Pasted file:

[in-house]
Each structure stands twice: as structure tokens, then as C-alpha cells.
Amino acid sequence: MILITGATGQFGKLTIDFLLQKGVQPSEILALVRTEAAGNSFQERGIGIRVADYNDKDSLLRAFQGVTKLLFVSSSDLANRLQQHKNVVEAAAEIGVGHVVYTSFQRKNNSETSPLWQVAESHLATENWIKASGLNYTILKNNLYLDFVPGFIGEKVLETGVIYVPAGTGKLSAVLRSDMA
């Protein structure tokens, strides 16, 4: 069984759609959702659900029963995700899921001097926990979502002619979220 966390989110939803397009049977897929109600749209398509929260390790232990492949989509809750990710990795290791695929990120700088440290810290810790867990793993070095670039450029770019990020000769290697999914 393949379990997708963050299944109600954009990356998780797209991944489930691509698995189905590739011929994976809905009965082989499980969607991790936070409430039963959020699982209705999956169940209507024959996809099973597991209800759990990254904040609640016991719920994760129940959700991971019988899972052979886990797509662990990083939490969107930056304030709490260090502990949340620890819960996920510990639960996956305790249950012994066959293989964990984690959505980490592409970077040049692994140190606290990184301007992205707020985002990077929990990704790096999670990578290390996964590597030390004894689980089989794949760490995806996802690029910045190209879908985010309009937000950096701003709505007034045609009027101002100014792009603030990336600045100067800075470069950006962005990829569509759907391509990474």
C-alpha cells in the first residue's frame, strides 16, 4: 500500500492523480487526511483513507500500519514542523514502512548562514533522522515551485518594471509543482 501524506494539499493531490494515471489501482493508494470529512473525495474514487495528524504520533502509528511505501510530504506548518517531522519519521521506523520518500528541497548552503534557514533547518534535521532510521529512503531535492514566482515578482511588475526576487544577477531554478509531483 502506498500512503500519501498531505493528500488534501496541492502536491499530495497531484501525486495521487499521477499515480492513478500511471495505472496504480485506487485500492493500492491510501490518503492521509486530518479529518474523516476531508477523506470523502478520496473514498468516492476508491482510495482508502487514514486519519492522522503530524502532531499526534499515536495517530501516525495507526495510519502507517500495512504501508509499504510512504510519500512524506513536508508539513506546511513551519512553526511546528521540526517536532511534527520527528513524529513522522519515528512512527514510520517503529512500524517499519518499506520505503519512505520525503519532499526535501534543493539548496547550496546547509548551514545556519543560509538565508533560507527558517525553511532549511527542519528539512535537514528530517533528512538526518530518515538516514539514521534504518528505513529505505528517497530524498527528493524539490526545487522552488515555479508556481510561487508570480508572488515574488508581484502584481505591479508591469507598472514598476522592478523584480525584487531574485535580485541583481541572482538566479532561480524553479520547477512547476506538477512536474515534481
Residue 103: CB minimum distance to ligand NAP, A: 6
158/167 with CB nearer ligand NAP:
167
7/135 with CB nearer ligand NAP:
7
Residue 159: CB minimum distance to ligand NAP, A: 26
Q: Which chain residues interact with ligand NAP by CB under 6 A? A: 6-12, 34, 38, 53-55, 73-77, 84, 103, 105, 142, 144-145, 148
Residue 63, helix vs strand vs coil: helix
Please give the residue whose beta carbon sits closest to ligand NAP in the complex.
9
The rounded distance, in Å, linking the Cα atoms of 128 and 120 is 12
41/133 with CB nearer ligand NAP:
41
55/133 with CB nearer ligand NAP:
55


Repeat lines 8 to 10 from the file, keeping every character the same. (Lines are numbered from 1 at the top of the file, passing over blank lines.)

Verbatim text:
167
7/135 with CB nearer ligand NAP:
7